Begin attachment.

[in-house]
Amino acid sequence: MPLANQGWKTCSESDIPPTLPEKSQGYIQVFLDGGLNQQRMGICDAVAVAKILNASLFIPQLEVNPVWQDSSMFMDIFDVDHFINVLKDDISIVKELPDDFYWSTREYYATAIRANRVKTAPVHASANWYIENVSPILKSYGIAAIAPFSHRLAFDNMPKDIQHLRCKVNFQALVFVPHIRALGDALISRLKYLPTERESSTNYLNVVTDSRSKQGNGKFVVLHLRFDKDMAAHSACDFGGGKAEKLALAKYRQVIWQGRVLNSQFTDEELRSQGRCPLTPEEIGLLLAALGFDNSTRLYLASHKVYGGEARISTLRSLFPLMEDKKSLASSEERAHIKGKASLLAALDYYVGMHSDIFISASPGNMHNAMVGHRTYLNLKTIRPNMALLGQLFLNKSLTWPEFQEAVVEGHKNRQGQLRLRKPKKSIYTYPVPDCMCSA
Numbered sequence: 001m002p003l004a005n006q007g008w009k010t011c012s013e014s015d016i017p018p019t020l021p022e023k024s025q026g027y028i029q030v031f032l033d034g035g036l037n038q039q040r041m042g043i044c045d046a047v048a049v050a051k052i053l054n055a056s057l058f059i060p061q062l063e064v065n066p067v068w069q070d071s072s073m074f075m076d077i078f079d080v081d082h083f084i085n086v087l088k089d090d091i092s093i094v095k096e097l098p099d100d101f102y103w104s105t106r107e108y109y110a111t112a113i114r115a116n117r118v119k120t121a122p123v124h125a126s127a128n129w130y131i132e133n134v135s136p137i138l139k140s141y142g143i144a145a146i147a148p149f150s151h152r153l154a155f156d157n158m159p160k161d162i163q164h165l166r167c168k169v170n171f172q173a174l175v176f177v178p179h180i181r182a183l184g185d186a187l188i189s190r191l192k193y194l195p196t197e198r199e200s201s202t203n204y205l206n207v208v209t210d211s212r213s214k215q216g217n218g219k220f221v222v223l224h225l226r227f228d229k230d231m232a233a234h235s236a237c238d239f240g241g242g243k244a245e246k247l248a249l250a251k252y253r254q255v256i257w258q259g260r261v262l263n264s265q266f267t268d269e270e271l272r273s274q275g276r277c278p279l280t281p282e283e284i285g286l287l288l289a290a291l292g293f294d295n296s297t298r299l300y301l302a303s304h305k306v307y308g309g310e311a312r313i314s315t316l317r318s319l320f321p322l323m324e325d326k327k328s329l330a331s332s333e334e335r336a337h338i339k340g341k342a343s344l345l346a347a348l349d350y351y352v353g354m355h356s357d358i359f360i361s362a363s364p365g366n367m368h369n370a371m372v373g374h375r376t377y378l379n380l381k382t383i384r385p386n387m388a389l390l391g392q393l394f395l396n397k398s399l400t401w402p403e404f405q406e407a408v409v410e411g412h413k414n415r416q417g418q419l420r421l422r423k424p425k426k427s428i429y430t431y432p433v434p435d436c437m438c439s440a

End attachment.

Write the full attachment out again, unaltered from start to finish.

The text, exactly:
[in-house]
Amino acid sequence: MPLANQGWKTCSESDIPPTLPEKSQGYIQVFLDGGLNQQRMGICDAVAVAKILNASLFIPQLEVNPVWQDSSMFMDIFDVDHFINVLKDDISIVKELPDDFYWSTREYYATAIRANRVKTAPVHASANWYIENVSPILKSYGIAAIAPFSHRLAFDNMPKDIQHLRCKVNFQALVFVPHIRALGDALISRLKYLPTERESSTNYLNVVTDSRSKQGNGKFVVLHLRFDKDMAAHSACDFGGGKAEKLALAKYRQVIWQGRVLNSQFTDEELRSQGRCPLTPEEIGLLLAALGFDNSTRLYLASHKVYGGEARISTLRSLFPLMEDKKSLASSEERAHIKGKASLLAALDYYVGMHSDIFISASPGNMHNAMVGHRTYLNLKTIRPNMALLGQLFLNKSLTWPEFQEAVVEGHKNRQGQLRLRKPKKSIYTYPVPDCMCSA
Numbered sequence: 001m002p003l004a005n006q007g008w009k010t011c012s013e014s015d016i017p018p019t020l021p022e023k024s025q026g027y028i029q030v031f032l033d034g035g036l037n038q039q040r041m042g043i044c045d046a047v048a049v050a051k052i053l054n055a056s057l058f059i060p061q062l063e064v065n066p067v068w069q070d071s072s073m074f075m076d077i078f079d080v081d082h083f084i085n086v087l088k089d090d091i092s093i094v095k096e097l098p099d100d101f102y103w104s105t106r107e108y109y110a111t112a113i114r115a116n117r118v119k120t121a122p123v124h125a126s127a128n129w130y131i132e133n134v135s136p137i138l139k140s141y142g143i144a145a146i147a148p149f150s151h152r153l154a155f156d157n158m159p160k161d162i163q164h165l166r167c168k169v170n171f172q173a174l175v176f177v178p179h180i181r182a183l184g185d186a187l188i189s190r191l192k193y194l195p196t197e198r199e200s201s202t203n204y205l206n207v208v209t210d211s212r213s214k215q216g217n218g219k220f221v222v223l224h225l226r227f228d229k230d231m232a233a234h235s236a237c238d239f240g241g242g243k244a245e246k247l248a249l250a251k252y253r254q255v256i257w258q259g260r261v262l263n264s265q266f267t268d269e270e271l272r273s274q275g276r277c278p279l280t281p282e283e284i285g286l287l288l289a290a291l292g293f294d295n296s297t298r299l300y301l302a303s304h305k306v307y308g309g310e311a312r313i314s315t316l317r318s319l320f321p322l323m324e325d326k327k328s329l330a331s332s333e334e335r336a337h338i339k340g341k342a343s344l345l346a347a348l349d350y351y352v353g354m355h356s357d358i359f360i361s362a363s364p365g366n367m368h369n370a371m372v373g374h375r376t377y378l379n380l381k382t383i384r385p386n387m388a389l390l391g392q393l394f395l396n397k398s399l400t401w402p403e404f405q406e407a408v409v410e411g412h413k414n415r416q417g418q419l420r421l422r423k424p425k426k427s428i429y430t431y432p433v434p435d436c437m438c439s440a